- Black Women and Black Power: A Review Essay on New Directions in Black Power Studies
I n these outstanding and nuanced organizational studies, Ashley D. Farmer and Ula Yvette Taylor add a crucial dimension to what historian Peniel E. Joseph has called the new "Black Power Studies" scholarship. 1Both books reveal how African American women remade black womanhood and redefined black identity within Black Power organizations and "outside white, Eurocentric norms and values," even if their reimaginings of gender roles were sometimes "contradictory, problematic, and essentialist" (Farmer, pp. 3, 19). Although both works focus largely on Black Power organizations outside the South, many of their founders and the members were themselves black southern migrants or the children of migrants; and groups like the Black Panther Party and the Nation of Islam (NOI) established a number of southern branches and mosques.
In The Promise of Patriarchy: Women and the Nation of Islam, Taylor explores black women's experiences from the 1930s to the 1970s in the [End Page 653]avowedly male-dominated Nation of Islam. In Remaking Black Power: How Black Women Transformed an Era, Farmer highlights women's 1960s and 1970s activism in the Black Panther Party, the Committee for Unified Newark (CFUN), and the Congress of African Peoples (CAP); she also provides a brief sketch of women in Us Organization. In all of these mixed-sex groups, Farmer argues, women negotiated and defied patriarchy when possible and acquiesced to it when necessary. But Farmer also investigates Black Power women's organizations, including the Black Women's United Front and the Third World Women's Alliance (TWWA). Unlike the Black Women's United Front, which was formed by women in CAP and remained linked to its parent organization, the TWWA emerged from a black women's caucus of the Student Nonviolent Coordinating Committee (SNCC). Created by SNCC member Frances Beal, the caucus quickly became a separate black women's group and then expanded to include other women of color, becoming the TWWA. It also was clearly the most undeniably feminist of all the groups showcased by Farmer. By the 1980s, the West Coast TWWA branch had become the Alliance Against Women's Oppression and also addressed the concerns of poor whites. In the 1990s, TWWA member Linda Burnham, whose parents were active in the black Left of the 1940s, reasserted the emphasis on women of color by establishing the Women of Color Resource Center in Oakland, California, which is still in operation. 2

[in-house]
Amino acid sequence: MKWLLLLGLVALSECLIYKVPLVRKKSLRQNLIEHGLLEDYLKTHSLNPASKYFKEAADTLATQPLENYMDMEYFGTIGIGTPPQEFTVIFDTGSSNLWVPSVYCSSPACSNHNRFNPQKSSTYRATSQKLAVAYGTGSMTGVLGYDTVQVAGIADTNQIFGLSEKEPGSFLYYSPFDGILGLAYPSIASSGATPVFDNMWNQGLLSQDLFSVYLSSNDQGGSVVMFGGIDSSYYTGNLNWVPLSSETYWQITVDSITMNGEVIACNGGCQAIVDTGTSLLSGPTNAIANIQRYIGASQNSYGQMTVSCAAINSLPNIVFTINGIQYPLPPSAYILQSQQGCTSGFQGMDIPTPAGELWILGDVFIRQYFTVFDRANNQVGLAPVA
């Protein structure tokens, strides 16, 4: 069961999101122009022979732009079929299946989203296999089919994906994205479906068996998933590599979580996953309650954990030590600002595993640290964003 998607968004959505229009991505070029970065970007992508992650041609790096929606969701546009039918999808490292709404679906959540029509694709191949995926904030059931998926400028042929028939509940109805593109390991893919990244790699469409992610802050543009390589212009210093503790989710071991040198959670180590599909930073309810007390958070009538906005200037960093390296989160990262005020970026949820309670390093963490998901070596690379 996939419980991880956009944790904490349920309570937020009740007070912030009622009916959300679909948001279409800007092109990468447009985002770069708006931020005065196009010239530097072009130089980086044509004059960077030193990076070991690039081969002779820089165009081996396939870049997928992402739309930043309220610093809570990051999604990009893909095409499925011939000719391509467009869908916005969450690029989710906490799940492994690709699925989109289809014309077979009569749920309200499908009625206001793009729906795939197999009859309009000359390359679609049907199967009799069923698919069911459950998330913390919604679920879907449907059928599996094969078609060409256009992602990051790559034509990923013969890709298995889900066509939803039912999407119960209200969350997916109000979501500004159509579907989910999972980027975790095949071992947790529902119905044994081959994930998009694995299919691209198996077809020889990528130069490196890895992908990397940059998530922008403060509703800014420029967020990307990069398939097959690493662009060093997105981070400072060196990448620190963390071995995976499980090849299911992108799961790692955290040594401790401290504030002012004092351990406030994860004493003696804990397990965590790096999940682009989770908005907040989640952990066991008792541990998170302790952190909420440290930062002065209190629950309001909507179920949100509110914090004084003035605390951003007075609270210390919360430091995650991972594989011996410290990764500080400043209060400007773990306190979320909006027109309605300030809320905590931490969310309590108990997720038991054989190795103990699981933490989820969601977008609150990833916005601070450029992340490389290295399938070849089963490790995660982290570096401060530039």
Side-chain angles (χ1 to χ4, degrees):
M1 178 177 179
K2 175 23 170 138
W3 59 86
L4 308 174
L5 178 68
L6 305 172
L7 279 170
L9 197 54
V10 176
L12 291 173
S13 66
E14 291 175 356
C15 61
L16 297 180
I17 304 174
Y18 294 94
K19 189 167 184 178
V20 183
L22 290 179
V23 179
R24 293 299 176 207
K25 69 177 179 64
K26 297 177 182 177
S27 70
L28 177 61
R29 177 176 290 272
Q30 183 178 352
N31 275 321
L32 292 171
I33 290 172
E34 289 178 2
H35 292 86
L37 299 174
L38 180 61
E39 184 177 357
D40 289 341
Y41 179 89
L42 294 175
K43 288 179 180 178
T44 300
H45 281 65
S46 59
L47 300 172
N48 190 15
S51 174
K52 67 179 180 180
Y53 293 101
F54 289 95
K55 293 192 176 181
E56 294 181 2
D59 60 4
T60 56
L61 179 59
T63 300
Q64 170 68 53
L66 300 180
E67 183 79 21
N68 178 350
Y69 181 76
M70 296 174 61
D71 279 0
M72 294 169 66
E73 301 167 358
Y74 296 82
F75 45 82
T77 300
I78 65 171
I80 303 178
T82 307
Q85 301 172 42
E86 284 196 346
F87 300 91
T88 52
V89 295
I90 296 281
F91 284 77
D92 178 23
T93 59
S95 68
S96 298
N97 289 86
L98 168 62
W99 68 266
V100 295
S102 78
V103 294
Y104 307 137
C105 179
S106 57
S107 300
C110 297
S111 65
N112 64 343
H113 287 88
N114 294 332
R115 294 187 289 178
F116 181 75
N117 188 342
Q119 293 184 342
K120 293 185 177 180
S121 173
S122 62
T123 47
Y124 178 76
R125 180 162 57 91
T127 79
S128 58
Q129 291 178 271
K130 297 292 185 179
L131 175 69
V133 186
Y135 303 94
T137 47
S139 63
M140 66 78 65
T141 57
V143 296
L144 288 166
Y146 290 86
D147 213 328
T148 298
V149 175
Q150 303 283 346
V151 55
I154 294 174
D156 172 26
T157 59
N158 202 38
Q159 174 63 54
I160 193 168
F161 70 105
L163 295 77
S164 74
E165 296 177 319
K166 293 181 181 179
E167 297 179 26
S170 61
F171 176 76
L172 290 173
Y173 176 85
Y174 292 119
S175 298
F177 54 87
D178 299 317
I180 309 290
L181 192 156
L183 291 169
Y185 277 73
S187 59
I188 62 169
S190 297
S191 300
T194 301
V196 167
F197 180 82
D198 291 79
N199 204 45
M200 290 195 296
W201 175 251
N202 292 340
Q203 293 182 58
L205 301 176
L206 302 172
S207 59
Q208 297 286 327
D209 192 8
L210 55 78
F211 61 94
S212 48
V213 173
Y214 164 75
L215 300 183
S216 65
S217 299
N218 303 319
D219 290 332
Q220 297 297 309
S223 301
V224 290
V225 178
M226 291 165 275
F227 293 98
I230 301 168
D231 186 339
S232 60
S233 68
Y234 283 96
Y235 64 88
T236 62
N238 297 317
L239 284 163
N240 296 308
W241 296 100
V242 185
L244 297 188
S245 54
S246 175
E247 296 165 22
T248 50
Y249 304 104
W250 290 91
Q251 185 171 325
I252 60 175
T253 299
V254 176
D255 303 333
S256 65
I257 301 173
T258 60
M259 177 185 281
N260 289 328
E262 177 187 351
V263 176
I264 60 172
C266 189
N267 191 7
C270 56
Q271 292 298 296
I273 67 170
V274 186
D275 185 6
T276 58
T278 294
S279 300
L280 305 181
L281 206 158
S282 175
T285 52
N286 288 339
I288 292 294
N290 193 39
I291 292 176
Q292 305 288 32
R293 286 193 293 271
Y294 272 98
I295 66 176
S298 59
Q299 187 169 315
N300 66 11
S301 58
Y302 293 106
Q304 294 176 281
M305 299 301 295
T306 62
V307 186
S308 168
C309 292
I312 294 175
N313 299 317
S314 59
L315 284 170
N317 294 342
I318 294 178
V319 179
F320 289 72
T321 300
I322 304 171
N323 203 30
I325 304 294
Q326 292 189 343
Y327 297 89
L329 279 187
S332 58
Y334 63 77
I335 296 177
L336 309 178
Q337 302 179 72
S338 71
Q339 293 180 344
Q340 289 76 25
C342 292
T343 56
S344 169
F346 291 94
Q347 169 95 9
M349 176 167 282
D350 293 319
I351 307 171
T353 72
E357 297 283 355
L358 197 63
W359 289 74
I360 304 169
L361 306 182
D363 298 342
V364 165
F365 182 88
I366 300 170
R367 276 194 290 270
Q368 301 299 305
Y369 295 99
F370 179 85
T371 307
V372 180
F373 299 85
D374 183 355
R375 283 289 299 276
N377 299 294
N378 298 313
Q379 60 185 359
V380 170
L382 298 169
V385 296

This is not simply contributionist history. Instead, by recentering black women Taylor and Farmer convincingly disrupt conventional interpretations of Black Power. Both authors unpack singular conceptions of Black Power as hypermasculine, separatist, and violent. "Perhaps more so than any other black nation-building movement," Taylor asserts, "the NOI provided a space for women who had been disrespected, abused, and who had struggled to find a 'home' in racial America" (Taylor, p. 5). Farmer persuasively argues that black women's intellectual work helped develop "a vibrant genealogy of black thought" (Farmer, p. 15). Whether in mixed-gender or single-sex organizations, "black women have adopted and transformed Black Power principles to fit their lived experiences" (Farmer, p. 11), and their stories depict women's "resilience and resistance" (Taylor, p. 6). "Far from being marginal … or male dominated," Black Power in these years, Farmer contends, "was widespread and multifaceted in scope" (Farmer, p. 9). [End Page 654]
Remaking Black Poweris organized thematically and chronologically. Chapters focus on distinctive if somewhat overlapping iterations of women's Black Power politics: the "Black Revolutionary Woman" (1966–1975); the "African Woman" (1965–1975); the "Pan-African Woman" (1972–1976...